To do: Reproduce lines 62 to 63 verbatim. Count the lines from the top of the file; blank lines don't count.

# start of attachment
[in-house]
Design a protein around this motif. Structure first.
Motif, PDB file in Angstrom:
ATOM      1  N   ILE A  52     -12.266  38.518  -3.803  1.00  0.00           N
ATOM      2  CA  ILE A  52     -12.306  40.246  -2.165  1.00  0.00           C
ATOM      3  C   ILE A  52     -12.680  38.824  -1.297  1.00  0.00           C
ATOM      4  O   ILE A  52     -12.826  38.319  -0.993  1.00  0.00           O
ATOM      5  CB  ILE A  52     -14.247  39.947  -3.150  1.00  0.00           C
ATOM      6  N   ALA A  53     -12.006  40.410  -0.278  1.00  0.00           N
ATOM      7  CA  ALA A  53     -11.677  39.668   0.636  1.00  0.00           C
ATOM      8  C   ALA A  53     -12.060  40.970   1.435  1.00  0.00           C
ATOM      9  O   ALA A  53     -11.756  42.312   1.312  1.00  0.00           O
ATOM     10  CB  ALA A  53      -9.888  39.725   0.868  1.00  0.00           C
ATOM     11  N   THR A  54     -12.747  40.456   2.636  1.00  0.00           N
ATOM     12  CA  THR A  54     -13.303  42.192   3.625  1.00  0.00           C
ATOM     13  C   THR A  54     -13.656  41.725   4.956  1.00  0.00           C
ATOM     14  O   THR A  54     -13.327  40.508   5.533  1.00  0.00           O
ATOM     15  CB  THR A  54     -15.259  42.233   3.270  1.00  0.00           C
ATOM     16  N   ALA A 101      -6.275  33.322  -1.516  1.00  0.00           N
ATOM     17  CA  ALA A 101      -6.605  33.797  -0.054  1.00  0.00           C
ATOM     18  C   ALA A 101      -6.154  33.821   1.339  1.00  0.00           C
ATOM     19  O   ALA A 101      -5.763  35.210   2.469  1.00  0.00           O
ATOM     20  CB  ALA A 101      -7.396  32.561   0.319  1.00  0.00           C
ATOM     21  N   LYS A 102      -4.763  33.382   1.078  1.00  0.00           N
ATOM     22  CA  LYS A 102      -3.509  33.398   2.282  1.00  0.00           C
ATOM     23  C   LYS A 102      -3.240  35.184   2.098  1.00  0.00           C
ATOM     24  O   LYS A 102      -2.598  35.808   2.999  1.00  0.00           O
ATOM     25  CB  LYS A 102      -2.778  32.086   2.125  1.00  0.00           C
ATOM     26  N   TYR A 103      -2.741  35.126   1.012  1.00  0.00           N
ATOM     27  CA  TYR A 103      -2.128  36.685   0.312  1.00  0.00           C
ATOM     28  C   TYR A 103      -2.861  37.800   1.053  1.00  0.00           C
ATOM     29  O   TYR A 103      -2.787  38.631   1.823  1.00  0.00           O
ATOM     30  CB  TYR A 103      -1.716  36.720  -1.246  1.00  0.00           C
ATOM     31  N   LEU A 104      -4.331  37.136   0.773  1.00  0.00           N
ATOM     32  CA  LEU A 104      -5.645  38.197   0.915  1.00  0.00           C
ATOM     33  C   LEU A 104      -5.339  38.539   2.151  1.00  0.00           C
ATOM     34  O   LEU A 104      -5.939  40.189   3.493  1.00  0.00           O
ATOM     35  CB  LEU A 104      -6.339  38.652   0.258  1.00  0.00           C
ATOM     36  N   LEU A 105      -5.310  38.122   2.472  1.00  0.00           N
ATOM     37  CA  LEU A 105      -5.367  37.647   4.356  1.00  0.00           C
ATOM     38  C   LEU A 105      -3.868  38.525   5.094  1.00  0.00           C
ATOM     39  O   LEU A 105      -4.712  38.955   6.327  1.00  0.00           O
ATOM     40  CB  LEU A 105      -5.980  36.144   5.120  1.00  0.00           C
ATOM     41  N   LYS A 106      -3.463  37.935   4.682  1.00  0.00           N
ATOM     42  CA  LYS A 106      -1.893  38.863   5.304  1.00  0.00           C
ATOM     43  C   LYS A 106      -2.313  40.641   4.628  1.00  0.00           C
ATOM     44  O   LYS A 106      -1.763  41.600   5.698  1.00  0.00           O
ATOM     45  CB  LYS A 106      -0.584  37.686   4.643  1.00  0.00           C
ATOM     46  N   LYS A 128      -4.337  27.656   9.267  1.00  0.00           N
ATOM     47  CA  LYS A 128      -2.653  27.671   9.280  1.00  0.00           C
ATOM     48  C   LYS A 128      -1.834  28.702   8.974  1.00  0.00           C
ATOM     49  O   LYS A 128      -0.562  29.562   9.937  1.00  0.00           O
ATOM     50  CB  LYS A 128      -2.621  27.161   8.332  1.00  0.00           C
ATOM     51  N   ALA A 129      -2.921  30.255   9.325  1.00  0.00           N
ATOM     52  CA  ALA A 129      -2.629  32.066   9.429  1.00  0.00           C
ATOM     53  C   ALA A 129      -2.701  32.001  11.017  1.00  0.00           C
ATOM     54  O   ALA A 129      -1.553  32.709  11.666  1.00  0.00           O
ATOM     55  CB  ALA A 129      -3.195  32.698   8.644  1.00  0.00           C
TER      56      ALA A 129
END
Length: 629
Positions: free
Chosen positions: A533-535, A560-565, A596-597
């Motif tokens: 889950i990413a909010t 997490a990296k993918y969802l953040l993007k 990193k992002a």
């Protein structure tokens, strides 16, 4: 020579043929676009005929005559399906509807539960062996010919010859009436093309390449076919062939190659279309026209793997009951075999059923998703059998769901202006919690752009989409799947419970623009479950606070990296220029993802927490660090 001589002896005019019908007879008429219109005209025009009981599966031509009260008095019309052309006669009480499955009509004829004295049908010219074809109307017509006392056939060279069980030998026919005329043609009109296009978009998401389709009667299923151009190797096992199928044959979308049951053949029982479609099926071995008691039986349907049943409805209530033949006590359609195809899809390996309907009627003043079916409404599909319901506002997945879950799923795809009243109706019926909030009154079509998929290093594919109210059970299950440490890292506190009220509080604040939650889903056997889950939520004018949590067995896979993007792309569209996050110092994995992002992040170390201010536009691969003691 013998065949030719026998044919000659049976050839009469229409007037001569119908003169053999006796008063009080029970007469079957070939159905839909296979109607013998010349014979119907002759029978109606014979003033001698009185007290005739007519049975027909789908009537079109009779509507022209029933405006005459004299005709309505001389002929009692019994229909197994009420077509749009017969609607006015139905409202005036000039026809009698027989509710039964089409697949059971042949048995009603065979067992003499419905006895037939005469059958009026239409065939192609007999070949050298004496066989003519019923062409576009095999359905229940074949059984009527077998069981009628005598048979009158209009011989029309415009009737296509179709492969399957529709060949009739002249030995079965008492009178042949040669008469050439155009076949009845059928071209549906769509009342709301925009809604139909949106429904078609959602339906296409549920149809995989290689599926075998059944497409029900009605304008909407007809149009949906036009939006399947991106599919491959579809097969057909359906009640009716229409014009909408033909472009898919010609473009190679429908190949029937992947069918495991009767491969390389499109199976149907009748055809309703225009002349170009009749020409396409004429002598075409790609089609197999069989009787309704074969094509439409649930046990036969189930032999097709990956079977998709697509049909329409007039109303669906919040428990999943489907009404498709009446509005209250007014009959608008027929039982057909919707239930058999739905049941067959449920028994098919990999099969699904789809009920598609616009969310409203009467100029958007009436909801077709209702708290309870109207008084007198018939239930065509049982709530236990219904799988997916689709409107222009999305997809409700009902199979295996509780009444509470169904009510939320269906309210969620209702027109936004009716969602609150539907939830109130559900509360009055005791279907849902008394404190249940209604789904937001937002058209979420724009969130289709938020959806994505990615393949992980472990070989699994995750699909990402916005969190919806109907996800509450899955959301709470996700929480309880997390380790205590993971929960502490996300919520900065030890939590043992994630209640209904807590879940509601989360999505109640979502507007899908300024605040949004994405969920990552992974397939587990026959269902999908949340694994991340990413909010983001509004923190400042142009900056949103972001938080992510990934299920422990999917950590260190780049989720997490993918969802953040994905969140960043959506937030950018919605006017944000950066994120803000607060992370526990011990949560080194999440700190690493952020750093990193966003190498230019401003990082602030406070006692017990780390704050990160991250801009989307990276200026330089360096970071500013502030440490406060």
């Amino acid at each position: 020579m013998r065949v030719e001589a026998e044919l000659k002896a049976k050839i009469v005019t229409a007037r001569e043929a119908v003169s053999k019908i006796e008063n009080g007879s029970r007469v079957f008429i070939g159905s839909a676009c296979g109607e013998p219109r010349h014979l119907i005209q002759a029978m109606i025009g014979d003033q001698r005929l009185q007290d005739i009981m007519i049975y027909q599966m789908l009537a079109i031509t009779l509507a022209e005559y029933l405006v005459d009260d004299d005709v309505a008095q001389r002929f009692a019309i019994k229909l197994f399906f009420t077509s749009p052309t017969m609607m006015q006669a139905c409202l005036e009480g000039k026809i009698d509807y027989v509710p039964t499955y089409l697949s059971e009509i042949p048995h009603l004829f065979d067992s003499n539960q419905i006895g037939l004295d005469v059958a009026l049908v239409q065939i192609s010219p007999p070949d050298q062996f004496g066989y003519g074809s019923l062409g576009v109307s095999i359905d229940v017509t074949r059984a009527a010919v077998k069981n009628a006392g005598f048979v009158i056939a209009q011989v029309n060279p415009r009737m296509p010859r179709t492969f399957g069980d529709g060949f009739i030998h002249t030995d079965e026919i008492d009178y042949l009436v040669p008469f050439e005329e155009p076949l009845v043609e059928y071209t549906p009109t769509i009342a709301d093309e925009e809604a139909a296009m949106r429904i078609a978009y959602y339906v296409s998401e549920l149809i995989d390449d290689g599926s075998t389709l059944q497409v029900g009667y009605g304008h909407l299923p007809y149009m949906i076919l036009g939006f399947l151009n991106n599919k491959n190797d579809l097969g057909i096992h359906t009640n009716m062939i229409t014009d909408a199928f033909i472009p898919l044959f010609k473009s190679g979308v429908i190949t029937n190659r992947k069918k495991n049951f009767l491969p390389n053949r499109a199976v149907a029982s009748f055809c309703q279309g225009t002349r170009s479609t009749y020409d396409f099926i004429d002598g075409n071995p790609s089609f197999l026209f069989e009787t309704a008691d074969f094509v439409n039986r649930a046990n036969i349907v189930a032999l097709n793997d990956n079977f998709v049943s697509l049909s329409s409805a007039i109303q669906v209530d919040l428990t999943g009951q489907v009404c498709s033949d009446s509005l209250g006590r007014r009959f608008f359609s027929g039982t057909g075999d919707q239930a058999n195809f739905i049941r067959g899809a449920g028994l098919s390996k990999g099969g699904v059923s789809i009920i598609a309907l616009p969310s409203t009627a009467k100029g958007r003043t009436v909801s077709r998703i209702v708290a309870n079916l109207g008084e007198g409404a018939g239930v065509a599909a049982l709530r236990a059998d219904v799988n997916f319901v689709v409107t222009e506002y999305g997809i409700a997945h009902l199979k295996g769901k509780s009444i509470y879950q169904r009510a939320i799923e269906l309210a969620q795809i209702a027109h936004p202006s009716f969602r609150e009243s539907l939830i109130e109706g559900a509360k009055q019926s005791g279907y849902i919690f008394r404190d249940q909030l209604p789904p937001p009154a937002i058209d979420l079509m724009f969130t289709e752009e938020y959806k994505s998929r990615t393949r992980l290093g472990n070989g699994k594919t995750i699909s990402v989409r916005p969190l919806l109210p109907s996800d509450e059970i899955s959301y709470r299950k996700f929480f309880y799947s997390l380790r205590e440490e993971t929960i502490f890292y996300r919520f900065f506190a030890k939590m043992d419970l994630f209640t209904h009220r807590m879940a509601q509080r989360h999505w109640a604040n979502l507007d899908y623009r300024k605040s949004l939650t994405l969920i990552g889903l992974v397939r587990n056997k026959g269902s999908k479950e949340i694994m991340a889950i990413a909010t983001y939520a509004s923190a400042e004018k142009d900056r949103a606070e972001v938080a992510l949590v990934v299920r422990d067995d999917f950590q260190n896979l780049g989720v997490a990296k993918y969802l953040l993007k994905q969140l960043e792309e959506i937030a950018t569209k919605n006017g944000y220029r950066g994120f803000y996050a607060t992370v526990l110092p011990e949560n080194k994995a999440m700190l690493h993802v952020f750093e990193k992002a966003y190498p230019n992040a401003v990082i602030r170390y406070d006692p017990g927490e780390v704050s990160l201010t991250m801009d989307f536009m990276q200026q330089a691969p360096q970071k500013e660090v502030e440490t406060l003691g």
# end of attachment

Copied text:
Positions: free
Chosen positions: A533-535, A560-565, A596-597